Last summer, the bosses at NESN decided not to renew Don Orsillo's contract as the team's play-by-play man. NESN bungled that decision, as well as its very public aftermath, about as badly as it was possible to bungle anything. Orsillo's ousting was tremendously unpopular with most Red Sox fans. He had been the TV play-by-play man since 2001 and for many fans, he was the only Red Sox TV announcer they had ever known. Even now, it's still a bit of a mystery why Orsillo, who is now broadcasting for the San Diego Padres, was dumped. NESN filled his empty chair with Dave O'Brien, who moved over from the WEEI radio booth. Jerry Remy, working in his 29th season, remained in the booth as O'Brien's partner.
My complaints about NESN's baseball coverage are myriad and well-known. Two disappointing Red Sox campaigns in 2014 and 2015 meant that I stopped watching the team midway through the season. But even early in both seasons, when I was tuning in every night, I did not listen to Orsillo/Remy. I always chose the "ballpark sound" option, available with the home team's feed. Sometimes, I listened to the radio broadcast with the TV on mute.
Opening Day 2016 was the first time I had listened to a NESN baseball broadcast since 2013. I did not watch any spring training games, so the games in Cleveland were my first opportunity to hear O'Brien/Remy. I am familiar with O'Brien, because of his work in the Red Sox radio booth and his national work with ESPN. I had also read at SoSH that Remy was much more engaged last season than in previous years, offering actual analysis as opposed to simply echoing Orsillo's play-by-play. I was very curious how the two men would work together.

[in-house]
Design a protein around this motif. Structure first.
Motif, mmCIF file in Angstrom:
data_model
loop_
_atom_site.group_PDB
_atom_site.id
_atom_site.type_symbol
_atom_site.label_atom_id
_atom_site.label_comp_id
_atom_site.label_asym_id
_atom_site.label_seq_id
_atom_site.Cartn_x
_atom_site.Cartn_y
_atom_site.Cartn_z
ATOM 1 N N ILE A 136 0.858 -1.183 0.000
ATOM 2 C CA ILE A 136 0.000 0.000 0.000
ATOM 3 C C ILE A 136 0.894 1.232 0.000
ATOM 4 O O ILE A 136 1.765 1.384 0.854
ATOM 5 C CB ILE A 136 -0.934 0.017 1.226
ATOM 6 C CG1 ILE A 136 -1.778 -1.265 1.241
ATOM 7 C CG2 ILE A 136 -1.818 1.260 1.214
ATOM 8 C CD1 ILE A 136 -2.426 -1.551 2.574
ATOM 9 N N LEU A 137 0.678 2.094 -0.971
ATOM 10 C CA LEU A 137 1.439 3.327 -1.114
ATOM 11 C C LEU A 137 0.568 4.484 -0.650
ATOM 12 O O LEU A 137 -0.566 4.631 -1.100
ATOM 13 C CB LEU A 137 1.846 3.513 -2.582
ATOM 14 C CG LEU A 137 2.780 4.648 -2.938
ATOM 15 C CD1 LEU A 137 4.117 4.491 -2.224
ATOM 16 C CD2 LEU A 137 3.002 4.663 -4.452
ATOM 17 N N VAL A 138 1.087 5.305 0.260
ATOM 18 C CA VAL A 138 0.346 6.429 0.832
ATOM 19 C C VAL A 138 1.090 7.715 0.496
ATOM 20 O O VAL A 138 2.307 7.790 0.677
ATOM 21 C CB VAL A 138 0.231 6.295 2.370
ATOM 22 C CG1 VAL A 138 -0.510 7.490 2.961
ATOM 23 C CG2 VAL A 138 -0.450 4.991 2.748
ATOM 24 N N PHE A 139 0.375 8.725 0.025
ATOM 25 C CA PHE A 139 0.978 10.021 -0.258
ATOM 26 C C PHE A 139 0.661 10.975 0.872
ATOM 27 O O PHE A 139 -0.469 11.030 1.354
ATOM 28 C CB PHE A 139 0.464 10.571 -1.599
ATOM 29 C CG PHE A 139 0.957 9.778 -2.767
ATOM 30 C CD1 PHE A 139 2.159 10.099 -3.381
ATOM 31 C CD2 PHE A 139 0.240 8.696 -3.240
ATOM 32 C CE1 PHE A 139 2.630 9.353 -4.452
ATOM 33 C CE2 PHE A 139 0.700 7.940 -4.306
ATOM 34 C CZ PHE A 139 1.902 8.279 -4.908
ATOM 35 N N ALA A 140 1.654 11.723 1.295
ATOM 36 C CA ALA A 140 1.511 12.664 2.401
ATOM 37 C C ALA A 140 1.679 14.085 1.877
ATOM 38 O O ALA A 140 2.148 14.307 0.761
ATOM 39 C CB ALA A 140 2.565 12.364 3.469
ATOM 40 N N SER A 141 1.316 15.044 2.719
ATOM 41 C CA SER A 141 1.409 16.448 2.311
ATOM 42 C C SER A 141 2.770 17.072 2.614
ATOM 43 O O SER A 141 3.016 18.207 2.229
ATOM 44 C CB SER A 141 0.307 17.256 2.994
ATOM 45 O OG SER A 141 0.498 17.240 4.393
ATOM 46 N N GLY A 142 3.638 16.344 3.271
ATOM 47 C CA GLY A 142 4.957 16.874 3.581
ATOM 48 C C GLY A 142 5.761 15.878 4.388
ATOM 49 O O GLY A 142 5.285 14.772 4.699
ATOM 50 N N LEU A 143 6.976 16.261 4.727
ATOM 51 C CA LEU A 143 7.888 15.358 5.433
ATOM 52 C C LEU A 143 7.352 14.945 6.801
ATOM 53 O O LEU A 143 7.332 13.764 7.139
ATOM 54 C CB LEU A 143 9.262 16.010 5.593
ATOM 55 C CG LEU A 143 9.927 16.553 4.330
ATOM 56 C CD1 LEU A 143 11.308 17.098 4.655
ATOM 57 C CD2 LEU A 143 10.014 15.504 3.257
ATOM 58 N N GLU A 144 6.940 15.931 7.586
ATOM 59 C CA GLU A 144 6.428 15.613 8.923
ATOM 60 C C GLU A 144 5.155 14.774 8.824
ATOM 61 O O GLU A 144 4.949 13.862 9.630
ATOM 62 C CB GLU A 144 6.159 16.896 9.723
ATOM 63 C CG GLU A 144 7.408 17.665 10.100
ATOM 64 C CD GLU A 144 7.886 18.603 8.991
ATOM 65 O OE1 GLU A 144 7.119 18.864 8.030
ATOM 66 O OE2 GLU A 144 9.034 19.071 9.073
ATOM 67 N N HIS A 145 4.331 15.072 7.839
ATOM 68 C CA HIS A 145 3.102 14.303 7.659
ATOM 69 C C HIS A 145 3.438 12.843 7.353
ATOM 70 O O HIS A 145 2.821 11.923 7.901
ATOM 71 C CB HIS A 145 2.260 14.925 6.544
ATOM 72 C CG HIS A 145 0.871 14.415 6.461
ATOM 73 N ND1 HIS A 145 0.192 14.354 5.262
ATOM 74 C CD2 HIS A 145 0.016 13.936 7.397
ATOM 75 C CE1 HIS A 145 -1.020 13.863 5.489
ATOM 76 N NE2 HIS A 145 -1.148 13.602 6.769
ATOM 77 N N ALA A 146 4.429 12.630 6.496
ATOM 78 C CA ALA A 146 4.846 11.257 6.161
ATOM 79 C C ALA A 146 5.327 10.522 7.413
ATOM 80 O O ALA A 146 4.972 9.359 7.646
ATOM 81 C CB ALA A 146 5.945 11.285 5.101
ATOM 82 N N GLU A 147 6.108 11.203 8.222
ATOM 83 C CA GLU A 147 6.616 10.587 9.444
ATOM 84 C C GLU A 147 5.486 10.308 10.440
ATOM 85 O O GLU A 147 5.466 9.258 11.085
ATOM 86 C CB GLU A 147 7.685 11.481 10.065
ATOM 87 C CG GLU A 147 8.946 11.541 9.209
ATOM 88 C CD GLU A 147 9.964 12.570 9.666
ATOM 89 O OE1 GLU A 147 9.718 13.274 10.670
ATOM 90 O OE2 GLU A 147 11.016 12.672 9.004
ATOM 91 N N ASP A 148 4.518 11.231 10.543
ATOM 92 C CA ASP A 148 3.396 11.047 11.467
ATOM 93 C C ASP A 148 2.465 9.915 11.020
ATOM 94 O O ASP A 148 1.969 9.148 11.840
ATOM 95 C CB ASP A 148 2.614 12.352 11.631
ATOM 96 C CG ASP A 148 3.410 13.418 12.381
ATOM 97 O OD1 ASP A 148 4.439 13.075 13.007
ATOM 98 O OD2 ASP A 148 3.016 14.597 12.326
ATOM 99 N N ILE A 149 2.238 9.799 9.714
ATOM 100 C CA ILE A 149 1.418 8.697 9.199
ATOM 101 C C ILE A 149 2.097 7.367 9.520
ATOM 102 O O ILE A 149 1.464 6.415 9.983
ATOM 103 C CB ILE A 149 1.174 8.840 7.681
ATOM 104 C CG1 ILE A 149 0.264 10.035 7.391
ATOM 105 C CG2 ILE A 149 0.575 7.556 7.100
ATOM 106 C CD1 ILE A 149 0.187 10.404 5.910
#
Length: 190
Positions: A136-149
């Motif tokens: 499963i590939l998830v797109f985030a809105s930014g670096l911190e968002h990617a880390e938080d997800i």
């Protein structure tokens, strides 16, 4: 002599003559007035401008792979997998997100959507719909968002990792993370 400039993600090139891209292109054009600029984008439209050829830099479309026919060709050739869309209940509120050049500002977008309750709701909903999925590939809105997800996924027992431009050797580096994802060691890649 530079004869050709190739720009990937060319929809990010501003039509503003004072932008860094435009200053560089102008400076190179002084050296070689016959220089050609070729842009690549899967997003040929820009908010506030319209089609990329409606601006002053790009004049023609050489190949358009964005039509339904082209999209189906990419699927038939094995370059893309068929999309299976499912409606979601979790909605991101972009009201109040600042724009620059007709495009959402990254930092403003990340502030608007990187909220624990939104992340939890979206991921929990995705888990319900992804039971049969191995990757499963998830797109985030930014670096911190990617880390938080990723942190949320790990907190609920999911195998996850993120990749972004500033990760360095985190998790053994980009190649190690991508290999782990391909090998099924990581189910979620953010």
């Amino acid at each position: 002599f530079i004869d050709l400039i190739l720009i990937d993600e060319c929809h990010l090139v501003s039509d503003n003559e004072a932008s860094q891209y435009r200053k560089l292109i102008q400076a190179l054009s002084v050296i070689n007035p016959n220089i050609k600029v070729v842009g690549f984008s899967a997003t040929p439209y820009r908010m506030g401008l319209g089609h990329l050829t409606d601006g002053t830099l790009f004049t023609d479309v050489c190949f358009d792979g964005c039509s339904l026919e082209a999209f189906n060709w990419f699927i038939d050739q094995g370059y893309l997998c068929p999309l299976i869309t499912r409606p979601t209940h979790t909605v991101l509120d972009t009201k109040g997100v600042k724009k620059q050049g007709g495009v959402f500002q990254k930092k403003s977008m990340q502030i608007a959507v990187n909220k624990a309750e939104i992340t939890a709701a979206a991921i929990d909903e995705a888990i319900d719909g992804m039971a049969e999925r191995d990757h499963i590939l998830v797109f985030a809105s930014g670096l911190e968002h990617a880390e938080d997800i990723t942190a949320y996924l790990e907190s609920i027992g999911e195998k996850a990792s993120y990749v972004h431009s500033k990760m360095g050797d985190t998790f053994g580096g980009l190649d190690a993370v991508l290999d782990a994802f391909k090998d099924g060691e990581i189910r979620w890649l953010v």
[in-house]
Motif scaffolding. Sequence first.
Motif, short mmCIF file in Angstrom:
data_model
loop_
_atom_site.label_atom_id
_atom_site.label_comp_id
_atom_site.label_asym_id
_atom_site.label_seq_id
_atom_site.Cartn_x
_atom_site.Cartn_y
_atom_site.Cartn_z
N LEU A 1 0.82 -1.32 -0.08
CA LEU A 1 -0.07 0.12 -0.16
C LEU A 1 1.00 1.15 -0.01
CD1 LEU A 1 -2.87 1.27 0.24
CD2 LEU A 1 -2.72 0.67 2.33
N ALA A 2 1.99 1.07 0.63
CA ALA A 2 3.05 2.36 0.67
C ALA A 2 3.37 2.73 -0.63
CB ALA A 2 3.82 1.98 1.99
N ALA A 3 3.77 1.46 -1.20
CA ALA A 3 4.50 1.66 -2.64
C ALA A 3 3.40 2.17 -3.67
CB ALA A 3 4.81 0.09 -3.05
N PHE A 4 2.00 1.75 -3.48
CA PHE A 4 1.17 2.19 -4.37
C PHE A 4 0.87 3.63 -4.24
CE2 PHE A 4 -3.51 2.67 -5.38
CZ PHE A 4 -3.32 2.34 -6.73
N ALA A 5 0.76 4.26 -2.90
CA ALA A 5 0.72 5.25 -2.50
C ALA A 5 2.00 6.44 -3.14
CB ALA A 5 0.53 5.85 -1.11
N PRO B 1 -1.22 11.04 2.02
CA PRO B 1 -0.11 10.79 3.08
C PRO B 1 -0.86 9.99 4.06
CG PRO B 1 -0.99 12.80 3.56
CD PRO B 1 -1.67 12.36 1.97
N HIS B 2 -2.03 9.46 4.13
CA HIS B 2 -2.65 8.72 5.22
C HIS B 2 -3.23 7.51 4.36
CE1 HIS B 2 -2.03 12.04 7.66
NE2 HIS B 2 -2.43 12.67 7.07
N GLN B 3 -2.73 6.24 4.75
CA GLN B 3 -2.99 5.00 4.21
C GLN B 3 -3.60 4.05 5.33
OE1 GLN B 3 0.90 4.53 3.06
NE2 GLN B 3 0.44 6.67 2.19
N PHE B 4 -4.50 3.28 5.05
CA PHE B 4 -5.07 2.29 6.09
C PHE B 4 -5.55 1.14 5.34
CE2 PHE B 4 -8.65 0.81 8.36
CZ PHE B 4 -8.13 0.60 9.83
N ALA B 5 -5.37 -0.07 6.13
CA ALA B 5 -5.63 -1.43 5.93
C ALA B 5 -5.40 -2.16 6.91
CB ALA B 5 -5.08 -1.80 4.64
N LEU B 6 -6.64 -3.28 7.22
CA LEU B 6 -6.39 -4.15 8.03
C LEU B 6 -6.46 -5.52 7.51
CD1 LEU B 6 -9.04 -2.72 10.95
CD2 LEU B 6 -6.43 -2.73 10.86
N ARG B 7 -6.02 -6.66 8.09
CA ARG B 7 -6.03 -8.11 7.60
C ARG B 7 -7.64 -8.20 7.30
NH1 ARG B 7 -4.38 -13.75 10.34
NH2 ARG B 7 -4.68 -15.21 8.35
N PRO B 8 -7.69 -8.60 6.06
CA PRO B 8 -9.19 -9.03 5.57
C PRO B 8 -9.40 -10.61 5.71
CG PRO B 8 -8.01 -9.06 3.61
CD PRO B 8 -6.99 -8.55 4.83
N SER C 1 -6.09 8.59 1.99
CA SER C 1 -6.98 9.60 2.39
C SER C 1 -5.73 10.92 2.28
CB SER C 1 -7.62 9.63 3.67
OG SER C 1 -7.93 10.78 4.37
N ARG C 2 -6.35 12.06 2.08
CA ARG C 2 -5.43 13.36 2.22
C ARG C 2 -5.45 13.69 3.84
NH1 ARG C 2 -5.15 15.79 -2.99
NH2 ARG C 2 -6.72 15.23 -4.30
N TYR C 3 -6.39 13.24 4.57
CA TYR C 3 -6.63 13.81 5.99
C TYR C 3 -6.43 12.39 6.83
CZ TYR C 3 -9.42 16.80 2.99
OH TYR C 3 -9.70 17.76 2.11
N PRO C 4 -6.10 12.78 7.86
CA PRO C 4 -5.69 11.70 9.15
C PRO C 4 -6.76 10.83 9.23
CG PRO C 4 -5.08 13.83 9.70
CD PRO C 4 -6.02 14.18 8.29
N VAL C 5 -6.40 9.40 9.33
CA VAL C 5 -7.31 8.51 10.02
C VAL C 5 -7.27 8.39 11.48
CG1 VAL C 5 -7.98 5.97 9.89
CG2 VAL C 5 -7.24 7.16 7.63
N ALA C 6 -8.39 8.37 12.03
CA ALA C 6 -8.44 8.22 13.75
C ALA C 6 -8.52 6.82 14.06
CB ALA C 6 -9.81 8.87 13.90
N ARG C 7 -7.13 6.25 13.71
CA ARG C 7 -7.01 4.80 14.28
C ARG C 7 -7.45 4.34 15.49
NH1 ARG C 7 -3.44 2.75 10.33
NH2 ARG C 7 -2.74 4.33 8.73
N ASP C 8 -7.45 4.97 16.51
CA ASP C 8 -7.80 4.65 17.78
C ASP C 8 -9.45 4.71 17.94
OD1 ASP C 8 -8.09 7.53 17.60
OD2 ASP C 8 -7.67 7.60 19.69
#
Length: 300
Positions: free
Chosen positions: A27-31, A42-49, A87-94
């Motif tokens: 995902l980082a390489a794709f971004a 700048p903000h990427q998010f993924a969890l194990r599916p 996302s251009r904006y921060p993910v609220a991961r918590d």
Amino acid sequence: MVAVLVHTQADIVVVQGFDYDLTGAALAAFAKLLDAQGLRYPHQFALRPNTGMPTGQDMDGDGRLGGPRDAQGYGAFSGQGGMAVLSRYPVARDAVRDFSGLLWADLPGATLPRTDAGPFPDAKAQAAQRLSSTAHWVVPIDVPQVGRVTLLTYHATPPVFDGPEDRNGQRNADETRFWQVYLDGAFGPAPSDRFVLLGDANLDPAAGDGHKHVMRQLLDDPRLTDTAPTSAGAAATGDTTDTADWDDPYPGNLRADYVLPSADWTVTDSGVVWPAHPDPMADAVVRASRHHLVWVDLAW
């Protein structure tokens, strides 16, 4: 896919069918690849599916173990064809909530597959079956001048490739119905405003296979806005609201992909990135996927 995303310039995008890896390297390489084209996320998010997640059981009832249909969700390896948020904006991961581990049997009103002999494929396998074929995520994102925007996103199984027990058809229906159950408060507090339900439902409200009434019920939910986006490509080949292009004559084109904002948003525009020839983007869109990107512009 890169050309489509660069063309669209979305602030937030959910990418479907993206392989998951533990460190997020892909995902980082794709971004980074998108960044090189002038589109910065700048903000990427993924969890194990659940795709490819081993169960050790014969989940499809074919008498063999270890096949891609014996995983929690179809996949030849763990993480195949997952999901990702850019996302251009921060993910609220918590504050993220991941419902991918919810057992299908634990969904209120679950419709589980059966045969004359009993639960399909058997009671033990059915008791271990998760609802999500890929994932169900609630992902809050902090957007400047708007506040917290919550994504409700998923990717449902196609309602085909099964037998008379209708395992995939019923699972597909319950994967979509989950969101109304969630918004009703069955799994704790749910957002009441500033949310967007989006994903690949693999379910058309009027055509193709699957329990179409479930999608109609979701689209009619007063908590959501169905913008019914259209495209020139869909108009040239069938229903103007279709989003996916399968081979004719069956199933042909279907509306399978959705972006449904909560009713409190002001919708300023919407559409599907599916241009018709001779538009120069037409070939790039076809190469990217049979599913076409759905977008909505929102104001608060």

Game 1 - Tuesday
O'Brien is a welcome improvement over Orsillo (which, having heard O'Brien on the radio, I knew would be the case). After Monday's game was postponed, he opened Tuesday's broadcast by introducing himself and addressing Red Sox fans directly and personally (a move made necessary by the poorly-received decision to replace Orsillo):
Hi everybody, welcome here to Cleveland for Opening Day. I'm Dave O'Brien, brand new to the NESN TV booth this year, not brand new to Red Sox baseball. I have been next door on radio for the last nine years, certainly not new to Red Sox Nation. As a Quincy boy, I was born into that. I've had a long career in major league announcing. This is my 26th year at the microphone and I've had a chance to do some incredible things. I've called the World Series nine times, called eight no-hitters and called the last three Red Sox World Championships.